City attorney says the issues, including an allegation that the city has violated the plaintiffs’ Eighth Amendment rights, should be heard in U.S. District Court
A lawsuit the American Civil Liberties Union (ACLU) Foundation of Florida filed Sept. 30 against the City of Sarasota alleging the city’s “persistent efforts to criminalize the status of those who are homeless despite the lack of an available shelter and a deepening housing crisis” is headed to federal court, City Attorney Robert Fournier notified the city commissioners by email this week.
Writing in the morning of Oct. 7, Fournier advised the city board members that a Notice of Removal from the 12th Judicial Circuit Court to federal court was filed the previous afternoon.
In an Oct. 8 telephone interview with The Sarasota News Leader, Fournier pointed out, “The City of Sarasota is accused of violating a federal law. It just appeared to us — whether or not a federal law has been violated — that that should be determined by a federal court.”
Speaking on behalf of the six plaintiffs in the lawsuit, Michael Barfield, a paralegal with the office of Sarasota attorney Andrea Flynn Mogensen, told The Sarasota News Leader in an Oct. 7 telephone interview, “We’re fine” with the city asking to have the case moved to the U.S. District Court for the Middle District of Florida, in Tampa, although a Sarasota judge “may have more insights” into the local situation.
Fournier added that the case has been assigned to Judge Elizabeth Kovachevich. Typically, he said, a federal judge will review a filing and then schedule a case management conference. As of the morning of Oct. 8, he added, “Nothing has been scheduled.”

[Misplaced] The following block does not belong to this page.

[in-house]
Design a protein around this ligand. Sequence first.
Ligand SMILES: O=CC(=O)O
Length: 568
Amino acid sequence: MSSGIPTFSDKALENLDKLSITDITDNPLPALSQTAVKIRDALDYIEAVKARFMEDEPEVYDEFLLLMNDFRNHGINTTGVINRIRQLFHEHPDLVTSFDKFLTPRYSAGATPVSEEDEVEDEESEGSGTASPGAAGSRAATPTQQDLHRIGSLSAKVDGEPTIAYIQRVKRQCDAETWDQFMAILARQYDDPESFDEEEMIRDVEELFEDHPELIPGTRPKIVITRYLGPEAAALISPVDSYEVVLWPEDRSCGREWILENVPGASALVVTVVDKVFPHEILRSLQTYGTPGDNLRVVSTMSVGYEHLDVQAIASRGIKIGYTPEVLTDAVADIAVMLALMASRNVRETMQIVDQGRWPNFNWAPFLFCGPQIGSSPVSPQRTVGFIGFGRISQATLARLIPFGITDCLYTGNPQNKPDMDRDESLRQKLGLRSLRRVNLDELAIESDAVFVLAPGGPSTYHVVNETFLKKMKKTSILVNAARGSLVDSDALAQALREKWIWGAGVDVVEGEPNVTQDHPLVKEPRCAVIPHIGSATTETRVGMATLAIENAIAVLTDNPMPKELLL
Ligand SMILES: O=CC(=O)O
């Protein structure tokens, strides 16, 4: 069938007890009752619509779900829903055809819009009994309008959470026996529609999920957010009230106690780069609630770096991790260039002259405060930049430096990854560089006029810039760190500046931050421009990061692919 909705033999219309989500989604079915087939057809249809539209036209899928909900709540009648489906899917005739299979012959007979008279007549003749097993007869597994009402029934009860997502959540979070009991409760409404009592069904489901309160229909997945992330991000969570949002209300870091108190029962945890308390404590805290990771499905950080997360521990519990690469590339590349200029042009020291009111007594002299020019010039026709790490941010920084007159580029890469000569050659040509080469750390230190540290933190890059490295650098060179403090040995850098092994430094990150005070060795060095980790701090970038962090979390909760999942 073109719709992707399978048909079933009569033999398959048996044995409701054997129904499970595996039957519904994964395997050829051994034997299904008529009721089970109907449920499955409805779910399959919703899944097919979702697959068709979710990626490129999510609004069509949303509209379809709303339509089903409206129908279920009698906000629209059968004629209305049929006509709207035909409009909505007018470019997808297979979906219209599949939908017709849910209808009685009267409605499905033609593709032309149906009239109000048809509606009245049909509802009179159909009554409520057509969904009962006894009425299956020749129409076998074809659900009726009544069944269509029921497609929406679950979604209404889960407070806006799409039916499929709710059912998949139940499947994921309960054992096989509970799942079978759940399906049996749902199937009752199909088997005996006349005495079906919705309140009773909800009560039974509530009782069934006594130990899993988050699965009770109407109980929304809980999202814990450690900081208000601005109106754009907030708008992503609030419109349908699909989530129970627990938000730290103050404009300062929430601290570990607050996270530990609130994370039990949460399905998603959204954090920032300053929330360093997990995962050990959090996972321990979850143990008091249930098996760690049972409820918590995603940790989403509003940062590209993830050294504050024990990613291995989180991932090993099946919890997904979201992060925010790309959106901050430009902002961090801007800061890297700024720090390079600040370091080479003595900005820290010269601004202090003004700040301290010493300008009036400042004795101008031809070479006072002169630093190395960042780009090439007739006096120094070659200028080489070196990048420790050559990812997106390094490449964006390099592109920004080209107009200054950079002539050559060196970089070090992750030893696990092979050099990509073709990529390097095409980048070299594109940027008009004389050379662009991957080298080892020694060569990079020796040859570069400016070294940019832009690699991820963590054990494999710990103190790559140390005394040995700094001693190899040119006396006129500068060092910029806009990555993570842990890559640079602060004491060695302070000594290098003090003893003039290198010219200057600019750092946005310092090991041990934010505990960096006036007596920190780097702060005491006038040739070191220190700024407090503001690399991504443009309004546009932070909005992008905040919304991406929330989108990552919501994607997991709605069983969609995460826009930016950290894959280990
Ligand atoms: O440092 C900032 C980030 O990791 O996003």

The lawsuit says that enforcement of a city ordinance prohibiting outdoor lodging “when there is no publicly available shelter violates the Eighth Amendment prohibition on cruel and unusual punishment.” All six of the plaintiffs are described in the complaint as lacking “a fixed, regular, and adequate nighttime residence” as well as a permanent residence.
The ordinance the suit cites is Section 34-41 of the City Code, which makes it illegal to lodge out of doors on public or private property without the permission of the property owner. The ordinance includes in that prohibition “the laying down of bedding, such as a blanket or sleeping bag or similar material for the purpose of sleeping.”
The lawsuit seeks a temporary restraining order and/or a preliminary or permanent injunction to prevent the enforcement of the ordinance “when there is no publicly available shelter.”
Additionally, the complaint says the city’s ordinance “criminalizing panhandling is facially unconstitutional because it contains geographical restrictions that are content-based in violation of the First Amendment.”
It is also more appropriate for a federal judge to make a determination on those allegations, Fournier told the News Leader. A discussion about a revised city ordinance on panhandling is expected to be on a City Commission agenda in November, Fournier said during the Oct. 5 City Commission meeting.
Fournier advised the city board not to suspend enforcement of the outdoor lodging ordinance while the case is being litigated. If the board agreed on a temporary halt to enforcement, Fournier added, “I think that somewhere in some prominent location you would see a tent city go up,” perhaps in Five Points Park. “Of course, Michael Barfield would be at the epicenter of all the drama,” Fournier added.
Barfield, who serves as vice president of the ACLU Foundation of Florida, has worked with attorney Mogensen in filing other lawsuits against the city related to homelessness and violations of the state’s Sunshine Laws, Fournier pointed out to the City Commission.
“I just want to say right upfront that after reading this [complaint], in my opinion, this lawsuit is not about protecting anyone’s constitutional rights. This lawsuit is about furthering the political agenda of Michael Barfield,” Fournier told the city commissioners this week. “This lawsuit is intended to create pressure on the City Commission to green-light the Marbut come-as-you-are shelter in North Sarasota.”